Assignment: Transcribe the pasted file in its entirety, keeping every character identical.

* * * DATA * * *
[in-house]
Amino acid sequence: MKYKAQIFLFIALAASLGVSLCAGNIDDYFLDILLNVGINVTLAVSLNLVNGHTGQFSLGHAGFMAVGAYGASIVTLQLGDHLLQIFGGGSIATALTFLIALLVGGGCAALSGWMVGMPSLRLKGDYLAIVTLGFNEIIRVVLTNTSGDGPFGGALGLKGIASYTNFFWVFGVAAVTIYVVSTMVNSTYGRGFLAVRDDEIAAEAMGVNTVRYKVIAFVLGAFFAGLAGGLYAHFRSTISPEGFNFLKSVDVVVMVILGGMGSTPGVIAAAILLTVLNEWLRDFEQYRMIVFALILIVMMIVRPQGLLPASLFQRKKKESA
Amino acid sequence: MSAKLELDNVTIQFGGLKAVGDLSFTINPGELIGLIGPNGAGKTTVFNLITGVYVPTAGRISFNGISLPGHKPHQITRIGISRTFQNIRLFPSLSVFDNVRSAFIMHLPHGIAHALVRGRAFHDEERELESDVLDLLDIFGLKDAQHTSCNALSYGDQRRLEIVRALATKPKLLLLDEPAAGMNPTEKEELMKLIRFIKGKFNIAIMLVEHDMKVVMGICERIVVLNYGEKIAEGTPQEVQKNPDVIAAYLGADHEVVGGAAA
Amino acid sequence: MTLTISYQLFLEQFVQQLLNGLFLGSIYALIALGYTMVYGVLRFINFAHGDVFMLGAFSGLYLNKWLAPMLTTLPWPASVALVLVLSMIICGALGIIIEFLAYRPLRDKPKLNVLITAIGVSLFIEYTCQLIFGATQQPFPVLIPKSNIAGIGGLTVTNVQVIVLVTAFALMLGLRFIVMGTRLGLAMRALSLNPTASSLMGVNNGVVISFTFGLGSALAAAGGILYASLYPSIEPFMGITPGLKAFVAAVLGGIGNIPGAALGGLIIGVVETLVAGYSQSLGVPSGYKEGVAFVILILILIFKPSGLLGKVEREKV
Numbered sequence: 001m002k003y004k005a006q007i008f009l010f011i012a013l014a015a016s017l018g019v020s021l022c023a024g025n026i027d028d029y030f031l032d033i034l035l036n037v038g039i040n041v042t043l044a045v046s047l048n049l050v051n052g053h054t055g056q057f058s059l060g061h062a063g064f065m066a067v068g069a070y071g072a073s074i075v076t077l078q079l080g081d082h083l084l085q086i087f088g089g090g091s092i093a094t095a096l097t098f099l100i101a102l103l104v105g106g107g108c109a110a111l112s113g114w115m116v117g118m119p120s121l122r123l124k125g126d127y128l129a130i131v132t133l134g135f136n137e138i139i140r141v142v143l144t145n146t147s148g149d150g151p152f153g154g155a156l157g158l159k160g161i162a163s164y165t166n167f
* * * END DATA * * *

[in-house]
Amino acid sequence: MKYKAQIFLFIALAASLGVSLCAGNIDDYFLDILLNVGINVTLAVSLNLVNGHTGQFSLGHAGFMAVGAYGASIVTLQLGDHLLQIFGGGSIATALTFLIALLVGGGCAALSGWMVGMPSLRLKGDYLAIVTLGFNEIIRVVLTNTSGDGPFGGALGLKGIASYTNFFWVFGVAAVTIYVVSTMVNSTYGRGFLAVRDDEIAAEAMGVNTVRYKVIAFVLGAFFAGLAGGLYAHFRSTISPEGFNFLKSVDVVVMVILGGMGSTPGVIAAAILLTVLNEWLRDFEQYRMIVFALILIVMMIVRPQGLLPASLFQRKKKESA
Amino acid sequence: MSAKLELDNVTIQFGGLKAVGDLSFTINPGELIGLIGPNGAGKTTVFNLITGVYVPTAGRISFNGISLPGHKPHQITRIGISRTFQNIRLFPSLSVFDNVRSAFIMHLPHGIAHALVRGRAFHDEERELESDVLDLLDIFGLKDAQHTSCNALSYGDQRRLEIVRALATKPKLLLLDEPAAGMNPTEKEELMKLIRFIKGKFNIAIMLVEHDMKVVMGICERIVVLNYGEKIAEGTPQEVQKNPDVIAAYLGADHEVVGGAAA
Amino acid sequence: MTLTISYQLFLEQFVQQLLNGLFLGSIYALIALGYTMVYGVLRFINFAHGDVFMLGAFSGLYLNKWLAPMLTTLPWPASVALVLVLSMIICGALGIIIEFLAYRPLRDKPKLNVLITAIGVSLFIEYTCQLIFGATQQPFPVLIPKSNIAGIGGLTVTNVQVIVLVTAFALMLGLRFIVMGTRLGLAMRALSLNPTASSLMGVNNGVVISFTFGLGSALAAAGGILYASLYPSIEPFMGITPGLKAFVAAVLGGIGNIPGAALGGLIIGVVETLVAGYSQSLGVPSGYKEGVAFVILILILIFKPSGLLGKVEREKV
Numbered sequence: 001m002k003y004k005a006q007i008f009l010f011i012a013l014a015a016s017l018g019v020s021l022c023a024g025n026i027d028d029y030f031l032d033i034l035l036n037v038g039i040n041v042t043l044a045v046s047l048n049l050v051n052g053h054t055g056q057f058s059l060g061h062a063g064f065m066a067v068g069a070y071g072a073s074i075v076t077l078q079l080g081d082h083l084l085q086i087f088g089g090g091s092i093a094t095a096l097t098f099l100i101a102l103l104v105g106g107g108c109a110a111l112s113g114w115m116v117g118m119p120s121l122r123l124k125g126d127y128l129a130i131v132t133l134g135f136n137e138i139i140r141v142v143l144t145n146t147s148g149d150g151p152f153g154g155a156l157g158l159k160g161i162a163s164y165t166n167f